A WEST of Scotland-based steel fabricator and its construction specialist subsidiary have gone into administration due to cash flow problems.
J&T Blacksmiths Ltd and William Crawford & Sons, based in adjacent factories, depots and offices in Hillington, near Glasgow, called in administrators after running up debts of about £3 million, much of which is thought to be owed to HMRC.
Administrators Paul Dounis and Ken Pattullo of Begbies Traynor have made 46 staff redundant at the group, owned by the Curran family, which has combined turnover of £5.2m, to allow it to continue trading while a buyer is sought.
Mr Dounis said the group's problems were down to its failure to "react quickly to the lack of contracts available on the marketplace".
He said: "They kept an overhead base that was simply unsustainable.
"If your turnover is falling you need to adjust your overhead base and they simply weren't doing that quickly enough. The parts of the group that were profitable were carrying the parts that weren't."
The administrators, which took control of the business on February 19, are hoping for a quick sale to protect the remaining 42 jobs, and to help the group secure new contracts.
He said "serious interest" had been shown by prospective buyers and confirmed that competitors were keen to take on some of J&T Blacksmiths' key contracts, including a supply deal with ScottishPower.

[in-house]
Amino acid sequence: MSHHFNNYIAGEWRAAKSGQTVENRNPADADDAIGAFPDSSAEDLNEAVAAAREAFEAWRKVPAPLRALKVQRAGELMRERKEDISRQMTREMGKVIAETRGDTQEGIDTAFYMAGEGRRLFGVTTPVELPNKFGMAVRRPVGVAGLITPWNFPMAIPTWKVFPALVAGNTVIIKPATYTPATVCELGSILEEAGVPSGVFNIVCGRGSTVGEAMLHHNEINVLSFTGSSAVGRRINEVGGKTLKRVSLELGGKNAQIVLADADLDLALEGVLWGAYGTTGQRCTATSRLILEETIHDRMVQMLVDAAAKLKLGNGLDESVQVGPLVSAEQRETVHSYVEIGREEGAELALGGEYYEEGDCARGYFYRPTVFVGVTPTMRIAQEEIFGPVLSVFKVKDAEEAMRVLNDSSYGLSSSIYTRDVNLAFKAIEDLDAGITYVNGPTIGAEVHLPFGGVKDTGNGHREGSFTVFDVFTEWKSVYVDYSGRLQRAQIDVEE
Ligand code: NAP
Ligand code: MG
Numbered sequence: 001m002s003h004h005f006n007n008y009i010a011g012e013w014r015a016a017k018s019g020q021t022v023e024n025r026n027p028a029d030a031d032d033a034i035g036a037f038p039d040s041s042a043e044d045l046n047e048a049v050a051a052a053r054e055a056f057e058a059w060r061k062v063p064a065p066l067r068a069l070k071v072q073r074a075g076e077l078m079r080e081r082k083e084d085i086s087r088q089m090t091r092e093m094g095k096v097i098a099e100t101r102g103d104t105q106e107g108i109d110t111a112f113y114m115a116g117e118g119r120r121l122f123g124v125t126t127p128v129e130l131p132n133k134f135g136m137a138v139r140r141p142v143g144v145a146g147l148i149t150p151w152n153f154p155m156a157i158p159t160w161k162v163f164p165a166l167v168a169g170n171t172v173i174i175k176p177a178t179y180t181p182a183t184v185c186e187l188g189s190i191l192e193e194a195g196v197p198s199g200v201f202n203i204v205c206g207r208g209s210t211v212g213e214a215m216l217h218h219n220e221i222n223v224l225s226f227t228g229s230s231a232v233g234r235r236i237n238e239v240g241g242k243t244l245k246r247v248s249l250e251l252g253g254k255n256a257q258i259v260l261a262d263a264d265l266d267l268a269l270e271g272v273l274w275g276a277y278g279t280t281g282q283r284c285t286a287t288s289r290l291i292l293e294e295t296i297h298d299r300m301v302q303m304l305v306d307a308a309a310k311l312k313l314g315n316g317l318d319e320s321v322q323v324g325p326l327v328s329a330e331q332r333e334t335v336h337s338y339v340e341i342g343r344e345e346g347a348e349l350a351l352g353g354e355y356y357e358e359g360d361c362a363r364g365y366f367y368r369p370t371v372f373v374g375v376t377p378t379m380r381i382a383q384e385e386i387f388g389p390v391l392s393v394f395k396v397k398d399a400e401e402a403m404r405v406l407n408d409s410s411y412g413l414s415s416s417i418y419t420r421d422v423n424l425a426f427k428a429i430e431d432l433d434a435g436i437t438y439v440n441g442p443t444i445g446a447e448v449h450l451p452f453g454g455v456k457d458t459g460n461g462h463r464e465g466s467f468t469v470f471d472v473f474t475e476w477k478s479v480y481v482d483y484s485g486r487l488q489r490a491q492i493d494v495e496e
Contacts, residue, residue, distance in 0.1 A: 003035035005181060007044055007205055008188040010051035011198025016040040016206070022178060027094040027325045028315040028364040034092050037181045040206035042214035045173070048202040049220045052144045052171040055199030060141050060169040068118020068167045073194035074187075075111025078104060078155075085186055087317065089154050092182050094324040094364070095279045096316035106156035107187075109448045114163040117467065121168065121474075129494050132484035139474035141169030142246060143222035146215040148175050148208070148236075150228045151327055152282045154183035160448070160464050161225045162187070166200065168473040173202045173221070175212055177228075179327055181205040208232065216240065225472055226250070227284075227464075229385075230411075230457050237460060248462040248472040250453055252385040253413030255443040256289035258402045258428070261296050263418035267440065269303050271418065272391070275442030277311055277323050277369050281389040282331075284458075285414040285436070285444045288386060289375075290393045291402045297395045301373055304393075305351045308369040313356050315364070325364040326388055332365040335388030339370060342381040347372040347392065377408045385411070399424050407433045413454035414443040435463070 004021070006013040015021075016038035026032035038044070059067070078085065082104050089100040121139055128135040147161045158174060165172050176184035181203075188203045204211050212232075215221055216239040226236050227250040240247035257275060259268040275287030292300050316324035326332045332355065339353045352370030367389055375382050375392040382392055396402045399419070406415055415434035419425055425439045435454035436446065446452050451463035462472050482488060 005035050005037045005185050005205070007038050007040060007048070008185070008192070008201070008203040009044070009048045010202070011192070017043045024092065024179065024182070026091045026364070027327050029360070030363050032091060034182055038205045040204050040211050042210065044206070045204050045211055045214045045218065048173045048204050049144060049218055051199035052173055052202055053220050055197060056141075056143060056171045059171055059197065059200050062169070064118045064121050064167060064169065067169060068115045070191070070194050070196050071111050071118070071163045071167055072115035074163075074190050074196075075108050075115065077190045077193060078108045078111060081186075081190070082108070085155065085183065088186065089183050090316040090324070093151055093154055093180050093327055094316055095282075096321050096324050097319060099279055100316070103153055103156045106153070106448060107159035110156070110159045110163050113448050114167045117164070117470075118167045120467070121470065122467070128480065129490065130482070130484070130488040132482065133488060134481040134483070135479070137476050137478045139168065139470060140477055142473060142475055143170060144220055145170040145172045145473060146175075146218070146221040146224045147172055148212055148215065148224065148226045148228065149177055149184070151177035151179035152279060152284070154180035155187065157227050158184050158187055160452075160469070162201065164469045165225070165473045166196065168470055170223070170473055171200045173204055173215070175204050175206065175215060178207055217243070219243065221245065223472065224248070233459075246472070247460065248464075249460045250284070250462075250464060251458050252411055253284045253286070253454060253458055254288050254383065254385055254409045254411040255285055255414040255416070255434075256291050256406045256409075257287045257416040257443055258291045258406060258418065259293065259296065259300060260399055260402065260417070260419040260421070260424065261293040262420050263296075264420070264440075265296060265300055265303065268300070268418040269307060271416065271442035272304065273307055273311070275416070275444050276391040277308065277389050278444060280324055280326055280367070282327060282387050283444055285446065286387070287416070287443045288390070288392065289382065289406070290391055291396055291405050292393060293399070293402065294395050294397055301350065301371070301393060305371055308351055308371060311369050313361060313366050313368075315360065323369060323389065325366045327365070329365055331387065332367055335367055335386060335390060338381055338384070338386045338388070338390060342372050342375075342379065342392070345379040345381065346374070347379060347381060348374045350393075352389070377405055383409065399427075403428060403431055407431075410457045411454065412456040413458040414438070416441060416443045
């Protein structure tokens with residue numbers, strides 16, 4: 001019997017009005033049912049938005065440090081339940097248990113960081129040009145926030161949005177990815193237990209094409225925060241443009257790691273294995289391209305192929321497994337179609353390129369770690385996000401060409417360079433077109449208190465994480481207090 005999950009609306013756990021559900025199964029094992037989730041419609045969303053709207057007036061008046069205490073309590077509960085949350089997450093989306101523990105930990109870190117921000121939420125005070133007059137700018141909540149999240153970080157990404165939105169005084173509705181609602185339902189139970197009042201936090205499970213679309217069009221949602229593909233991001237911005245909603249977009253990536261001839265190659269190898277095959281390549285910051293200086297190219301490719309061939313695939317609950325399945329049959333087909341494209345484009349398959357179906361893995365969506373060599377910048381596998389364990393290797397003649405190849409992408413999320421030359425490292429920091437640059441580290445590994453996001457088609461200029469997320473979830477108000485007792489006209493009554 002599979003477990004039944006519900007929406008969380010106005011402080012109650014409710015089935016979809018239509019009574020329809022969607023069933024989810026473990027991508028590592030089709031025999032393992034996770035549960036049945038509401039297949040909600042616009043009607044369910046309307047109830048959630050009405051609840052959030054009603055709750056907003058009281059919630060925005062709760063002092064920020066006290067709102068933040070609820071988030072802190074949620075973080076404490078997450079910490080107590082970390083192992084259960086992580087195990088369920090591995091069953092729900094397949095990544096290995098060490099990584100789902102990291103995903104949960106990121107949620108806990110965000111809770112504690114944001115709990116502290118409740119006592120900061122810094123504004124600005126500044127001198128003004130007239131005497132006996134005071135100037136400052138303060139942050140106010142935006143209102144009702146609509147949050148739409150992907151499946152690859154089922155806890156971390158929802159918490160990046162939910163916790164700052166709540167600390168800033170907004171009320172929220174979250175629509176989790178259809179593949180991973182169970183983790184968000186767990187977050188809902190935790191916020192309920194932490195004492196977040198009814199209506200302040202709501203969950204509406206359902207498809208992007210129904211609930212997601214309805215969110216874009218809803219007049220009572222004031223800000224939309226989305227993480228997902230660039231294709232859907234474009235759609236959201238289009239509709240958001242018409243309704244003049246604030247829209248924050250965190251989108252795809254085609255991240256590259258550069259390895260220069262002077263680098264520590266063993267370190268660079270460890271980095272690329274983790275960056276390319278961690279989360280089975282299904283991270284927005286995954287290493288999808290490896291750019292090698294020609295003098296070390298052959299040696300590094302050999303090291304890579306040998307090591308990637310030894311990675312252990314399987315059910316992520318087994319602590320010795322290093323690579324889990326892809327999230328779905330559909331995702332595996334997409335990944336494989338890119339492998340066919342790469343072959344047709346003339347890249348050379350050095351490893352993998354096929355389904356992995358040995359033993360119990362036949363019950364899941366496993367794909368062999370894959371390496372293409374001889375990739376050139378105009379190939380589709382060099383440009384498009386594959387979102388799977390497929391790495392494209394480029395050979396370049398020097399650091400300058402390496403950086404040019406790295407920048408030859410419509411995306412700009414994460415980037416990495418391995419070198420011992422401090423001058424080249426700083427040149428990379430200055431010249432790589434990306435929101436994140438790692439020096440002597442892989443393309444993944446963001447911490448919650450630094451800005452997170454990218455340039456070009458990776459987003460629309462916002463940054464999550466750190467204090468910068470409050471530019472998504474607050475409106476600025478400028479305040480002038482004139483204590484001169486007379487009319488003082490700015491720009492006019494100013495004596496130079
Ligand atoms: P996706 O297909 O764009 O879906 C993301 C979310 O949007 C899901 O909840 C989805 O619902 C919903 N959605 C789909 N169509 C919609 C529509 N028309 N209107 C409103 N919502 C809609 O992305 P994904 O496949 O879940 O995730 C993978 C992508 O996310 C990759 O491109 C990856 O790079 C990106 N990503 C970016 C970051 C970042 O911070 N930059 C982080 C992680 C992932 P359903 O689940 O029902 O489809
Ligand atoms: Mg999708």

Blacksmiths, established in 1979, provides steel works including fencing and fabricated staircases to contractors and utility companies. It is understood to have been performing less well than its subsidiary.
William Crawford & Sons works alongside Blacksmiths to allow the group to offer an integrated construction, repair and maintenance service.
Mr Dounis said the administrators had no plans to set a deadline for offers.
Before calling in the administrators, Crawford had employed 21 of the group's staff, 10 of whom have been made redundant. The rest of the staff moved over to Blacksmiths.
Mr Dounis said the group had employed 200 staff in its asbestos removal and surveying arm, which was sold prior to his appointment. He was confident its "solid customer relationships would make the businesses attractive to an acquisitive construction or manufacturing group".